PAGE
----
“After giving 15 years to this system, I was so disappointed,” Ayoub said. She was hoping to spark a trend, incorporating Israeli education in traditional Arab schools. “Social issues and education both must be addressed. When a student was finishing school, I encouraged them to go to university or college, but their society encourages the boys to go to work and the girls get married. It’s not enough just to teach them. I had some brilliant students. But I watched the boys become cleaners and the girls immediately got married. The only Jews they ever saw were the soldiers at the checkpoint. Unless they have the same hopes, dreams, and communication – like in Jaffa or central Israel, it is very frustrating.”

Differences in education and youth

Unlike the east Jerusalem youth, the Arab children in the Tamkin program tend to be more integrated with their Jewish counterparts, although some of the cultural and socioeconomic aspects are similar.

With Arab students twice as likely to drop out of school than their Jewish peers, the matriculation rate in the Arab school system falling well below the equivalent rate in the Jewish education system, and Arab pupils scoring significantly lower in reading scores than Jewish pupils, improving Arab elementary schools has been one of the national priorities for the Education Ministry and the Social Justice Ministry.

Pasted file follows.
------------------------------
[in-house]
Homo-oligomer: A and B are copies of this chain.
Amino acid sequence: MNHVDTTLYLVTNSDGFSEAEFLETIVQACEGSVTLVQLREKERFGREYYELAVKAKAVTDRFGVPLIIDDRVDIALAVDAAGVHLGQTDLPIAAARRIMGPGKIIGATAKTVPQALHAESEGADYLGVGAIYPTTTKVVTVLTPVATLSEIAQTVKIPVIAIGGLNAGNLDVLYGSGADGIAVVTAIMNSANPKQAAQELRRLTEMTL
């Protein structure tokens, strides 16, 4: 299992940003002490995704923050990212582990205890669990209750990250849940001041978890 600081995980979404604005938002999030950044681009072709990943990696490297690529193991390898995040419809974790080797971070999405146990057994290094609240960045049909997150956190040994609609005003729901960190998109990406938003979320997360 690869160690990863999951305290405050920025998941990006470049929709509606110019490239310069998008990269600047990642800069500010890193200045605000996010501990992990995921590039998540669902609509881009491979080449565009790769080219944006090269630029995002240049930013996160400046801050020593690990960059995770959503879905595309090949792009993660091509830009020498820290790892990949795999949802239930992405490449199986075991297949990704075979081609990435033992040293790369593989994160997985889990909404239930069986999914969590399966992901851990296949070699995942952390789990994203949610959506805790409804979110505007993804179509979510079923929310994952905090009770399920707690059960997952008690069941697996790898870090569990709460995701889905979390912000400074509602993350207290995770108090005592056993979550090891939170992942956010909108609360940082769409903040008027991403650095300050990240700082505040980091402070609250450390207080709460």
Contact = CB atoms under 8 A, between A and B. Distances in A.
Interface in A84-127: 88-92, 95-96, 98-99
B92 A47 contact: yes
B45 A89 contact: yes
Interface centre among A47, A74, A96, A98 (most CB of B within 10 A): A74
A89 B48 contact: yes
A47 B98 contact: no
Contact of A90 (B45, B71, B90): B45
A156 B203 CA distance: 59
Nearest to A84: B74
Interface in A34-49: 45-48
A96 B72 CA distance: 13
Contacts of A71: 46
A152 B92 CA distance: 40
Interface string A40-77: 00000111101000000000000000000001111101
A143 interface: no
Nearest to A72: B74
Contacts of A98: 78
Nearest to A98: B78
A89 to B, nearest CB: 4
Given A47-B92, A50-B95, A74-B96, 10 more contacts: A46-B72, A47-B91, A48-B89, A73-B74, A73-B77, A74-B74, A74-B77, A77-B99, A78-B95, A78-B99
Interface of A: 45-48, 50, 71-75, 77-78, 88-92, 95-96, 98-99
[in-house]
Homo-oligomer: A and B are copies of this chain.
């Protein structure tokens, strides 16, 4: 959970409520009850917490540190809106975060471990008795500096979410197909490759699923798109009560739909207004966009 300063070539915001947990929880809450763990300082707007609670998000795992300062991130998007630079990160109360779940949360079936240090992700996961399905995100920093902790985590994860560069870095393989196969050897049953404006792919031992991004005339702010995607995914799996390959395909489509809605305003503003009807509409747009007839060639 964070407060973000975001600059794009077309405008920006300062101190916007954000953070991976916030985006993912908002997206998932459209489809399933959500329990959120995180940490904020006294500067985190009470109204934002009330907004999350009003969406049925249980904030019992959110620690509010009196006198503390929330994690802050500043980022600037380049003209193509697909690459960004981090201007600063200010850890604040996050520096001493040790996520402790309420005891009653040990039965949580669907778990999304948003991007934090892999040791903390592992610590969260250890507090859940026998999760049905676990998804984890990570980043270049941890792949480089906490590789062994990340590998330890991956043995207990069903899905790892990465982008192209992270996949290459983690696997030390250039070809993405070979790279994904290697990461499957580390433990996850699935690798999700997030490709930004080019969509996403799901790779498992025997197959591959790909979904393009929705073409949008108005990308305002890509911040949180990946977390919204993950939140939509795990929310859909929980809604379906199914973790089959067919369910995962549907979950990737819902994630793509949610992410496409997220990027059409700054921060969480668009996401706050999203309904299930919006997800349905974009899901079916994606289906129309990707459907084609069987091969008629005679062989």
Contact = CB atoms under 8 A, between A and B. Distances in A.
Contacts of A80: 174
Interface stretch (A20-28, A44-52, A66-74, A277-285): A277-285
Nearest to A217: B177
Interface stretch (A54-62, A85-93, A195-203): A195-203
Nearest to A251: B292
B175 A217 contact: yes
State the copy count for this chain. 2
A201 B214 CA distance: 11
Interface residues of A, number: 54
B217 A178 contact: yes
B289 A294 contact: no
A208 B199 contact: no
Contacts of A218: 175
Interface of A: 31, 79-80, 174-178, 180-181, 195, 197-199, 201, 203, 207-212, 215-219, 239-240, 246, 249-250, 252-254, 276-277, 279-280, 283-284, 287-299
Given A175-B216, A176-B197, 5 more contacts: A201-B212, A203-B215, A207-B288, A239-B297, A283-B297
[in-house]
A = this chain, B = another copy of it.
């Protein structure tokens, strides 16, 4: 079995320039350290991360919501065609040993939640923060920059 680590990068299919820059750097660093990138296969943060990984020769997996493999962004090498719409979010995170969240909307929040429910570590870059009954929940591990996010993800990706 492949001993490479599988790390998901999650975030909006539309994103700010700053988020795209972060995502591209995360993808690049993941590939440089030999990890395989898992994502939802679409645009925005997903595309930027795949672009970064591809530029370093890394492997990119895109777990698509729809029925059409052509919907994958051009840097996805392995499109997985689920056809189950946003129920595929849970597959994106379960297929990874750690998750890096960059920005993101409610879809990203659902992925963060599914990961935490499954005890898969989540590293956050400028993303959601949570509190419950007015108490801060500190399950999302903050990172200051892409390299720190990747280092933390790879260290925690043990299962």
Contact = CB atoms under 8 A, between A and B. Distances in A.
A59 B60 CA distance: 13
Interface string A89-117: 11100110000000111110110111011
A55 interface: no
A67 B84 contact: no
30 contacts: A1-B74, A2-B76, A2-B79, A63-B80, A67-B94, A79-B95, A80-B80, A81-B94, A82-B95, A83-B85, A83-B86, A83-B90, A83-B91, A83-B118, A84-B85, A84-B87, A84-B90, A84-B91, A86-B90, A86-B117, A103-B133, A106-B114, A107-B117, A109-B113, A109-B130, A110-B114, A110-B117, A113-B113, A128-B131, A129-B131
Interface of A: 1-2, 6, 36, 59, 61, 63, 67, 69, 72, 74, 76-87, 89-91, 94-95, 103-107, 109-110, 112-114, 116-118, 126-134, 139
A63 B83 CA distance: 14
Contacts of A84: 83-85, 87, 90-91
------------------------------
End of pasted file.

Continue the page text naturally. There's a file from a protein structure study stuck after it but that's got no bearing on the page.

Don Futterman, executive director and founder of the Israel Center for Educational Innovation (ICEI), pointed out that while Arab-Israeli children speak Arabic it is not unusual for those from lower economic sectors to have basic literacy challenges mastering Arabic, reflecting the complexities of the differences in spoken and written Arabic language. Additionally, many, even in mixed schools, never learn to communicate in Hebrew. This leaves them at a disadvantage when it comes to pursuing academic studies and white-collar employment later in life.

The pilot program began five years ago, administered by staff based in both Kfar Saba and Nazareth. The Tamkin Joint Venture targets the needs of Arab elementary schools, where so many children are underperforming. Since the beginning of this year, it has been operating in 23 schools. They provide a literacy coach to each school and have former principals mentor the principals of the participating schools. A family coordinator reaches out to parents. Each classroom is provided with a robust library to encourage reading, which can be embedded with reading comprehension questions if the teacher chooses to do so.